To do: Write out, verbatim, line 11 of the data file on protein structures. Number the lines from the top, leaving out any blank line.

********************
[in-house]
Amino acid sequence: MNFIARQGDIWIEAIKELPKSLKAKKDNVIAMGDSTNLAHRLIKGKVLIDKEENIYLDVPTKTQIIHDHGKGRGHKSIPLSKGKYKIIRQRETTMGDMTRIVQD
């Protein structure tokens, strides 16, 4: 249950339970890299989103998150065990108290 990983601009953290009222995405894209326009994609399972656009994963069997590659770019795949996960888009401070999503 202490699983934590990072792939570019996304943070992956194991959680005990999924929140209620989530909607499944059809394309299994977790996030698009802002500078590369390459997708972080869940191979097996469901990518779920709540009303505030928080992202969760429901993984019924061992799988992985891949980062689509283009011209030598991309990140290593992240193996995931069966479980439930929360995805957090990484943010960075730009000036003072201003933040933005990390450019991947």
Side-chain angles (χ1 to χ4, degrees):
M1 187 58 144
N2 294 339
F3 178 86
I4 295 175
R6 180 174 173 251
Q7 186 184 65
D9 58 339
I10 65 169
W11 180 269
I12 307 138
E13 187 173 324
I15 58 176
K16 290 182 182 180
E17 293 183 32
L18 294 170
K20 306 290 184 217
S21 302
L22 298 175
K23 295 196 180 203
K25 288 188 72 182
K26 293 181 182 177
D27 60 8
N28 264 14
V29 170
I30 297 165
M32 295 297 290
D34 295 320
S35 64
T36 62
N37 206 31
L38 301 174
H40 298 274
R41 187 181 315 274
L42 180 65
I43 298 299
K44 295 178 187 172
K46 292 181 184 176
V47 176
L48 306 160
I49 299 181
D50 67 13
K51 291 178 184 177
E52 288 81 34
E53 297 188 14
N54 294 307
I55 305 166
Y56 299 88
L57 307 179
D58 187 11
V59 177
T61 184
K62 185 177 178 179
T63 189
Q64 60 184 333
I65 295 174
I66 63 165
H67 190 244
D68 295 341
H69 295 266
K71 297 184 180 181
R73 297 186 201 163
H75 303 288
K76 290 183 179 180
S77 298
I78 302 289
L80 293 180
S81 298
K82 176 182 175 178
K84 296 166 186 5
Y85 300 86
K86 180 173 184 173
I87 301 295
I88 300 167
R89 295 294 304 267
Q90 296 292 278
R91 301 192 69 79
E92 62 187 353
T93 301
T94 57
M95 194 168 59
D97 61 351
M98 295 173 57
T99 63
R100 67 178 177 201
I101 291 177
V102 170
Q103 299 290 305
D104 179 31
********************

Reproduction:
D9 58 339